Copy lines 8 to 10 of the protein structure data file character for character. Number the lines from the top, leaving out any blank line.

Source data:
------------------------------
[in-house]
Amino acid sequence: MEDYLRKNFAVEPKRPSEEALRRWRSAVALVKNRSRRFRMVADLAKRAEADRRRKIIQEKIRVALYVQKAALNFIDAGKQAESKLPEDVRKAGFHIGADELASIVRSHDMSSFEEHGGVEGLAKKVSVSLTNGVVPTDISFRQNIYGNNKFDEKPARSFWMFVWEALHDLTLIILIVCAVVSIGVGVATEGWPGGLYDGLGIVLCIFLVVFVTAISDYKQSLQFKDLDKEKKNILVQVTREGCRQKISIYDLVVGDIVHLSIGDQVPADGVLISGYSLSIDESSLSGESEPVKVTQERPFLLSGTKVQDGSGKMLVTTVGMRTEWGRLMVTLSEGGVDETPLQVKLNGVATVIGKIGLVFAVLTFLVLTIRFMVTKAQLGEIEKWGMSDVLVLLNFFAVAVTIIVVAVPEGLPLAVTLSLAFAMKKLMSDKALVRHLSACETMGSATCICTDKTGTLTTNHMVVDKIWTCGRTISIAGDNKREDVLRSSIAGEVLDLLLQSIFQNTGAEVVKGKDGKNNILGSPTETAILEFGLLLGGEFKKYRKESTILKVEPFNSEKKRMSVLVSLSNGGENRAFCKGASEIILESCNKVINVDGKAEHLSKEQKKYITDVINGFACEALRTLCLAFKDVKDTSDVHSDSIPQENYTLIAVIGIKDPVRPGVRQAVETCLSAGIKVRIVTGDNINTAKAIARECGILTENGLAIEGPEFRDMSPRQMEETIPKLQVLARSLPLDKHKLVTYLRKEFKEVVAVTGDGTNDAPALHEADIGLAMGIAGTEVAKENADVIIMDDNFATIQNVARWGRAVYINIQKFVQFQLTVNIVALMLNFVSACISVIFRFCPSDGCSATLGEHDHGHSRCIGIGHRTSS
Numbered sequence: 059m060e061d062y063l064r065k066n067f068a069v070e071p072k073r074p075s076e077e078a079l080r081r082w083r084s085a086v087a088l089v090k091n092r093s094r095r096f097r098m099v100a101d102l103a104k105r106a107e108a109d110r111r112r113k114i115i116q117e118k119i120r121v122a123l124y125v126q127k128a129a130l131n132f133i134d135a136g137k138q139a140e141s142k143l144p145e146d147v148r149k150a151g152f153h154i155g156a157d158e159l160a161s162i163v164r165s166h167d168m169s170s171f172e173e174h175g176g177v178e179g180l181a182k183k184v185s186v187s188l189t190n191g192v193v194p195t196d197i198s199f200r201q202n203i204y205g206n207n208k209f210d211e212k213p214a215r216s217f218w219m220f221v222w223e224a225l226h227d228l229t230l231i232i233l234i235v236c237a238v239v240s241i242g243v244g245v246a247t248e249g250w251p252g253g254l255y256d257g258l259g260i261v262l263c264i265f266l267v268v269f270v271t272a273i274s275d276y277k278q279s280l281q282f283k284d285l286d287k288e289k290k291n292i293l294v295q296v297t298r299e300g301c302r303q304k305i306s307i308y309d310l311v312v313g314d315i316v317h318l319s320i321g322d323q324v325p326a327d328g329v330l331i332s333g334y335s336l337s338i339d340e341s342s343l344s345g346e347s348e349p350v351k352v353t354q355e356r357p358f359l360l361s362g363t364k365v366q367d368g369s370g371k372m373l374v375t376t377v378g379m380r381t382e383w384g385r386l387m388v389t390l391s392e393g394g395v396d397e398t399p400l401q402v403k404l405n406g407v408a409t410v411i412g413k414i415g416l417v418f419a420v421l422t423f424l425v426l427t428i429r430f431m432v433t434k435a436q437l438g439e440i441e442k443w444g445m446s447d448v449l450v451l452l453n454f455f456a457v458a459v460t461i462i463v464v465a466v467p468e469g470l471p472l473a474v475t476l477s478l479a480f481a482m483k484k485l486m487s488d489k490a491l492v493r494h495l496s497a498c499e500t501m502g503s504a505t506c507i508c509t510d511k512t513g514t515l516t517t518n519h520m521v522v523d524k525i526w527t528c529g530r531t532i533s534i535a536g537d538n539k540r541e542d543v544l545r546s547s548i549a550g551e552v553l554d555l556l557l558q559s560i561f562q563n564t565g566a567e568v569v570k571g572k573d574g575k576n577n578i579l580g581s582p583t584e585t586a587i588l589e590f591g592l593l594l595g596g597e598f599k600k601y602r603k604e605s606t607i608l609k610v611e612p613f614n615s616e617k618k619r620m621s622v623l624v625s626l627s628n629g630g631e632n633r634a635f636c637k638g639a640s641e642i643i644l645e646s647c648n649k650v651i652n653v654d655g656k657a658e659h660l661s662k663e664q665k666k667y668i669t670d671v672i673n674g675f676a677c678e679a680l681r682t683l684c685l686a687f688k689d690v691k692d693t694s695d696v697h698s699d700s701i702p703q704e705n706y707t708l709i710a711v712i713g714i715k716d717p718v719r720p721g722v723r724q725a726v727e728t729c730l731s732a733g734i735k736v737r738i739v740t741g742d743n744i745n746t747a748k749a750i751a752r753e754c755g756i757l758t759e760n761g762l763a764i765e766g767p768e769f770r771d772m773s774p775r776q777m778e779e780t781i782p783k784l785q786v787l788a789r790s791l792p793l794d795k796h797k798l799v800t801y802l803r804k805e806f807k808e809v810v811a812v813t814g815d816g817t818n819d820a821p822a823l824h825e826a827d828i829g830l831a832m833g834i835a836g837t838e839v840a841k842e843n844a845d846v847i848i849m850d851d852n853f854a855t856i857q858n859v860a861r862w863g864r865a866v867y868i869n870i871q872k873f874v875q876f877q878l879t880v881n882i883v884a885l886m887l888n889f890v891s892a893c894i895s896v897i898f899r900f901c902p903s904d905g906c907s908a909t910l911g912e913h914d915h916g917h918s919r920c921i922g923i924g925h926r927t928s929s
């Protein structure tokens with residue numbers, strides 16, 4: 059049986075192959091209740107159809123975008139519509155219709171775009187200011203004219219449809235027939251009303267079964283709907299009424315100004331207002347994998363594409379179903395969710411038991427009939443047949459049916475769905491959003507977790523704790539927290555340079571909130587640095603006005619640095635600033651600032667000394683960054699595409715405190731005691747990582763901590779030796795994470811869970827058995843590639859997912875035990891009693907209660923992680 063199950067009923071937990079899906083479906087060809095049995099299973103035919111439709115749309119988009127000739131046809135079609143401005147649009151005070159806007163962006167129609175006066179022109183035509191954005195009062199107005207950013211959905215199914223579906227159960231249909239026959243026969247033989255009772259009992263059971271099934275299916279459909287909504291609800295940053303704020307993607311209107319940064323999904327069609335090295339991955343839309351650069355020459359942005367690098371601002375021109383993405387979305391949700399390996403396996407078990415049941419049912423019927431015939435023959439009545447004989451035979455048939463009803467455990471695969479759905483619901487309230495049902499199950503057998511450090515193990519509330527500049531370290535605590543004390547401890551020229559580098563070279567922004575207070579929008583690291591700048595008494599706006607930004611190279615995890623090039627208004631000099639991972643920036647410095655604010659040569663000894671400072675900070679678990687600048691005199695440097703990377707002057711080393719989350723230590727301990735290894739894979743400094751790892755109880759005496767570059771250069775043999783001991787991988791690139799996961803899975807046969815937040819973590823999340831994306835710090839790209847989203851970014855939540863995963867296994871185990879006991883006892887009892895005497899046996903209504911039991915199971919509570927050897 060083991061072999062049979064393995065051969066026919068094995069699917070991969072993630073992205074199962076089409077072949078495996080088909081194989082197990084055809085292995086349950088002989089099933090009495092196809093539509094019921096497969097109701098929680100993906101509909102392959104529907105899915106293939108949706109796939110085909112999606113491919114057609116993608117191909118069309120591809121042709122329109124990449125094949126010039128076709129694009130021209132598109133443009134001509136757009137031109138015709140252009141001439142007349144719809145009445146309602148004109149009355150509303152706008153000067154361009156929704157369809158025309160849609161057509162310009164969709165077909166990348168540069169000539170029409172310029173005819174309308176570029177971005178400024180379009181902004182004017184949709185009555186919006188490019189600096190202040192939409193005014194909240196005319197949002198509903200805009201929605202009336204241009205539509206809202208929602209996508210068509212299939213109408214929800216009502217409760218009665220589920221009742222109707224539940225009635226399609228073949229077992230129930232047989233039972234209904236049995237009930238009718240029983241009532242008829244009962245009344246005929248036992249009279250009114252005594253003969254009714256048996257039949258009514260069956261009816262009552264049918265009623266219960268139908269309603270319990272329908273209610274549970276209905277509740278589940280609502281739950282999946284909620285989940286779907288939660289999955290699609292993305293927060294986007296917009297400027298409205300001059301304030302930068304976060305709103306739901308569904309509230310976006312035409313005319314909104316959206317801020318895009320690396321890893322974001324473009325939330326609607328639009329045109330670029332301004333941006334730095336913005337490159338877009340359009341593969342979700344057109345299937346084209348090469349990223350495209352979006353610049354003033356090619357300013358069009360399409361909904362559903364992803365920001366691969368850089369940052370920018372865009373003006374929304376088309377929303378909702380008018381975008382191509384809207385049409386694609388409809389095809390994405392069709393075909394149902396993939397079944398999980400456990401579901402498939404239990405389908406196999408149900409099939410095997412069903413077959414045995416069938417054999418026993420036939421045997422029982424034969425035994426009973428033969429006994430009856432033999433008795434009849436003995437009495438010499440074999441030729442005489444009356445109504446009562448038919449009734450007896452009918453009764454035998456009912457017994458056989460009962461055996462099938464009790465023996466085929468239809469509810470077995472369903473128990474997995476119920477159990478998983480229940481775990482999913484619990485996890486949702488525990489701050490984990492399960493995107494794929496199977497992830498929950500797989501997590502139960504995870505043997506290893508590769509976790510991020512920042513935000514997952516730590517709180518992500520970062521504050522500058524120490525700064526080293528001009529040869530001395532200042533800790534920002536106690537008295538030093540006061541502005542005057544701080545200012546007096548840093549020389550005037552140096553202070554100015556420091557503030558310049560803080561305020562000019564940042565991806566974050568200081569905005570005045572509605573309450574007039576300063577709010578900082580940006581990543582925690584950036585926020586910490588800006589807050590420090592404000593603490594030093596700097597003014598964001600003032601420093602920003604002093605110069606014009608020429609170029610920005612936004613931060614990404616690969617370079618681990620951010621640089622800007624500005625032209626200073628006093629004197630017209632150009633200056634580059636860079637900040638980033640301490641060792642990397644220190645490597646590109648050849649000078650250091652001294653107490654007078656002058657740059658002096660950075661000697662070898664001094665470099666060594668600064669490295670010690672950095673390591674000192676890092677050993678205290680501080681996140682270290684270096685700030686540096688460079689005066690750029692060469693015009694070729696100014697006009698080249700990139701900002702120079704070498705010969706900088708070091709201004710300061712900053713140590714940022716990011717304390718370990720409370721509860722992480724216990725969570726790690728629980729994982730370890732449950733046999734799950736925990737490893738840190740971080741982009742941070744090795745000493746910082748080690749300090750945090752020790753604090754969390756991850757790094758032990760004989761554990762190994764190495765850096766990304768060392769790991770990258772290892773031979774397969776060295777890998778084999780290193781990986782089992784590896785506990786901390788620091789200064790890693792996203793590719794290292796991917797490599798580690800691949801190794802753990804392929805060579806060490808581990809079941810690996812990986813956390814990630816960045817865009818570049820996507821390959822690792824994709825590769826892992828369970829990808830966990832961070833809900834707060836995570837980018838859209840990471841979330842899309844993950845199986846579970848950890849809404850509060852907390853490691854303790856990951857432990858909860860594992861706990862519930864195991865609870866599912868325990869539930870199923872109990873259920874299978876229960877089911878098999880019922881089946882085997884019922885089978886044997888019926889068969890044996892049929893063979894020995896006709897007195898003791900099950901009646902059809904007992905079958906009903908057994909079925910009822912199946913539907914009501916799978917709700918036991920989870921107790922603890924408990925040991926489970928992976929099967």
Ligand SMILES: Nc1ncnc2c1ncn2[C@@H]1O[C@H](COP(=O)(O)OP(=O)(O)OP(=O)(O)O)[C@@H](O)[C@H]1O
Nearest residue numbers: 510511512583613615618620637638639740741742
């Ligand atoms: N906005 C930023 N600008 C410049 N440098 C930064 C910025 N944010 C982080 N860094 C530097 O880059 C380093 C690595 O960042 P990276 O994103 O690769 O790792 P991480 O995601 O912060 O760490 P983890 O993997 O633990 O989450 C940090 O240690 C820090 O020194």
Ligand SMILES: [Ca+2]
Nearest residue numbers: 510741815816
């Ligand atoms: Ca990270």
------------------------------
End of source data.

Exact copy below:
Ligand SMILES: [Ca+2]
Nearest residue numbers: 510741815816
């Ligand atoms: Ca990270």